The MPRDA established the imperative of BEE empowerment. The TLGFA resuscitated the contested tribal boundaries delineated in terms of the much resisted Bantu Authorities Act of 1951. The Communal Land Rights Act of 2004 would have given traditional leaders ownership and control over all the land in the former homelands, but was struck down by the Constitutional Court in 2010. These laws stand in stark contrast to IPILRA which was adopted specifically to protect the underlying rights of the people who actually use and occupy the land. While government no longer favours the approach adopted by IPILRA it cannot simply repeal IPILRA because it is a law required by Section 25(9) of the Constitution.
The result has been government and the mining houses simply ignoring IPILRA, which is why Thursday’s ruling that the MPRDA must be read concurrently with IPILRA is a fundamental game-changer for both rural people and the mining industry.
A day before the judgment, Thabelo Chabane of the Minerals Council said during an SAFM radio programme that the law requires mining houses to deal with traditional leaders and with municipalities, and that the Council cannot be blamed if traditional leaders are unaccountable and municipalities are dysfunctional. He also said that they cannot be expected to deal with ‘unofficial structures’ who purport to represent rights holders as nobody knows whose interests these structures actually represent.
These statements by a senior official are a damning indictment of the Minerals Council. There is no law that requires mining houses to deal with traditional leaders. Nor is there any law that authorises traditional leaders to sign deals with mining houses. Former President Kgalema Motlanthe’s 2017 High Level Panel pointed this out to the Minerals Council and to Parliament. The panel warned that the multi-billion deals that have and are being signed between mining houses and traditional leaders are legally precarious on a number of grounds.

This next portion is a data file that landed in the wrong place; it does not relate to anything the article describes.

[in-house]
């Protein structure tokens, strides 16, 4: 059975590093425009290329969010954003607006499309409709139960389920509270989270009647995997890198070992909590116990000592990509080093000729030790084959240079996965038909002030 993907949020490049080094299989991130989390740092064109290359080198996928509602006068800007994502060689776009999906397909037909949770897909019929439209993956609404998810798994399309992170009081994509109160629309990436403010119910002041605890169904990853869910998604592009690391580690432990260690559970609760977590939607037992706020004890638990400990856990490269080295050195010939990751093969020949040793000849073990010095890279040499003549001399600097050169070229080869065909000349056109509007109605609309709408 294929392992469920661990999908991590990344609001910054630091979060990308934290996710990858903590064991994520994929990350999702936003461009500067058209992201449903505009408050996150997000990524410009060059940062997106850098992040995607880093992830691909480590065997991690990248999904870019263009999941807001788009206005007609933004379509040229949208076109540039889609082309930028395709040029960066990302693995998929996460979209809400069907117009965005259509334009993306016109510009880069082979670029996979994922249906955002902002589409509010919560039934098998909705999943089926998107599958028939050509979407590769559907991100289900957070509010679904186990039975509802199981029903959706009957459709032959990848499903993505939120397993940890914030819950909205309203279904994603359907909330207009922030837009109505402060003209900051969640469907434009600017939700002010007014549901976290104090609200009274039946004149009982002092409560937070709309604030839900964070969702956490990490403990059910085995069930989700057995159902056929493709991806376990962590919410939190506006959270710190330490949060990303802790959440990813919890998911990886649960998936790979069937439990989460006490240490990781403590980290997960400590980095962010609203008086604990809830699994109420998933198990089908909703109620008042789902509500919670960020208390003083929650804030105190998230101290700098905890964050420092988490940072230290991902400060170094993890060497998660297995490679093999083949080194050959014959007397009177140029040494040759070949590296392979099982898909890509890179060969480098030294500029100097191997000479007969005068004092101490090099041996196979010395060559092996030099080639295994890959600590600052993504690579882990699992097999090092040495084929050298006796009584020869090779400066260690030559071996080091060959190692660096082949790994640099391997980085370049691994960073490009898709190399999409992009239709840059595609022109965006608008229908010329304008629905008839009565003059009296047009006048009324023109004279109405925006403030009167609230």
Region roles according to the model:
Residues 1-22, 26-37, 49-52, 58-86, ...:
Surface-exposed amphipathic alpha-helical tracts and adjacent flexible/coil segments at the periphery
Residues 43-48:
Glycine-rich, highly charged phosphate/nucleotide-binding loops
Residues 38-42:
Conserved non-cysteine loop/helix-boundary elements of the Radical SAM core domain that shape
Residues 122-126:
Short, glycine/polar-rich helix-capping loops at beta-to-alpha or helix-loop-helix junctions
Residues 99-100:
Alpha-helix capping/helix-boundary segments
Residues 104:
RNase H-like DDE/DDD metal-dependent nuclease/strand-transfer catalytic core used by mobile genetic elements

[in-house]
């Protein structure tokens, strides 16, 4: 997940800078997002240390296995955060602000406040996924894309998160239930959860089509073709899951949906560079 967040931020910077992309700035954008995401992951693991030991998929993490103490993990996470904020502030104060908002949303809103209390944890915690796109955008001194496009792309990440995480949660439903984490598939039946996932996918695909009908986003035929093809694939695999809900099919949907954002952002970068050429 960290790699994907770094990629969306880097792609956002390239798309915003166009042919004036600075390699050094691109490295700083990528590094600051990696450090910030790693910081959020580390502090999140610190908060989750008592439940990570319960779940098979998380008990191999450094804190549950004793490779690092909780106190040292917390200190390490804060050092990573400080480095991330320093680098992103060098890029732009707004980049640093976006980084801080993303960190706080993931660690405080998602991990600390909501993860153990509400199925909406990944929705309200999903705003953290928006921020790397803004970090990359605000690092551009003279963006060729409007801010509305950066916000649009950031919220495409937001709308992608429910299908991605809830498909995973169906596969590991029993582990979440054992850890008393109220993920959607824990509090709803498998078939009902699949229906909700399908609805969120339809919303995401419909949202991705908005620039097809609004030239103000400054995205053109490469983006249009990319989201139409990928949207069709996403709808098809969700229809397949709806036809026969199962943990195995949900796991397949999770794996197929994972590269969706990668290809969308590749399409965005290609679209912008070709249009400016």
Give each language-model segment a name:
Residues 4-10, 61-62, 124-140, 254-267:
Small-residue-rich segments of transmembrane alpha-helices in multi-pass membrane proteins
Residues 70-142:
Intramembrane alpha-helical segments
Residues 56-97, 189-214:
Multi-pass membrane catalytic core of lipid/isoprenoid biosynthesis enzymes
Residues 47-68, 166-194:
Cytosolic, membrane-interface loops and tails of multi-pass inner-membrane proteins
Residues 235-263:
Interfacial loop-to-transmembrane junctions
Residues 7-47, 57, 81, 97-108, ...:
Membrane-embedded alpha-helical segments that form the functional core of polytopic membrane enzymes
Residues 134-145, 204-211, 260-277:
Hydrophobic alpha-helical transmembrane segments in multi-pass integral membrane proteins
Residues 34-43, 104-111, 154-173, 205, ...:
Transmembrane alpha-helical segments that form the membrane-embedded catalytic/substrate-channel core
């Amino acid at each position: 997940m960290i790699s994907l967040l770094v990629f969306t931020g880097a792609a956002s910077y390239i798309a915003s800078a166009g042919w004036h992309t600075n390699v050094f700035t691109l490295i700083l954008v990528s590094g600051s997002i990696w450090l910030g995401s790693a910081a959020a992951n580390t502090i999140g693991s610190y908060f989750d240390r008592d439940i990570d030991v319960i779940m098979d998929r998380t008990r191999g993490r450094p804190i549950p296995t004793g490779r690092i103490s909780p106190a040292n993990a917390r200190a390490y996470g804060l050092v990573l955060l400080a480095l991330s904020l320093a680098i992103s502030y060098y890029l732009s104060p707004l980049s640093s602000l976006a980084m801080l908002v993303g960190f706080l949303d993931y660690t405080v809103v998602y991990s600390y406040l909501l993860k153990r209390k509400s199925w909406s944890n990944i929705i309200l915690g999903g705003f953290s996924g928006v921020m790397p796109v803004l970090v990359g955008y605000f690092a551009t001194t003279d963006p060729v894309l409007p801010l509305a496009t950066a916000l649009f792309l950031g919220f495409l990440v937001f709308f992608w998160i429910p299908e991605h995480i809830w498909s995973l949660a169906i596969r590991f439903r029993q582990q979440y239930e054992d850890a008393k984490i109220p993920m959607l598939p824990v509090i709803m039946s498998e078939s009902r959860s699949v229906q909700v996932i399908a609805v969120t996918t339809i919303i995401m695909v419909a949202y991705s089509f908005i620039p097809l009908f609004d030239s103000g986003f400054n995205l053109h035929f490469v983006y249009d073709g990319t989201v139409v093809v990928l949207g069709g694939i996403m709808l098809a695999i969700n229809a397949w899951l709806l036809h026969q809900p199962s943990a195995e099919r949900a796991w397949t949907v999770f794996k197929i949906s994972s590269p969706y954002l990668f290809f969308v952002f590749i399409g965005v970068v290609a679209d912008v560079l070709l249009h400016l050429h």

Which is why there is a bill in the final stages of enactment in Parliament that would, for the first time, authorise traditional leaders to sign third party deals with mining companies without the consent of those whose land rights are affected. I am referring here to Clause 24 of the Traditional and Khoi San Leadership Bill.
If that bill is enacted – and our president has promised the traditional leader lobby that it is being fast tracked – it too will be struck down by the Constitutional Court on the basis that it abrogates the tenure-security provision contained in Section 25(6) of the Constitution. But the case would take years to reach the top court.
In the meanwhile, however, the Constitutional Court has raised the bar for those seeking to mine in the former homelands. Miners will need to start by identifying and consulting with the people whose homes, farms and fields would be affected, not by buying off government-imposed chiefs. Where grazing land is at issue they need to identify who has access to that grazing land and negotiate with those people as a group. If they cannot afford to offer proper compensation they should not go ahead with mining.
In far too many areas of South Africa destructive mining practices are approved because they make a quick buck for politically connected BEE shareholders while the long-term environmental and livelihood damages are borne by the poorest South Africans. DM
Dr Aninka Claassens is the director of the Land and Accountability Research Centre in the Department of Public Law at UCT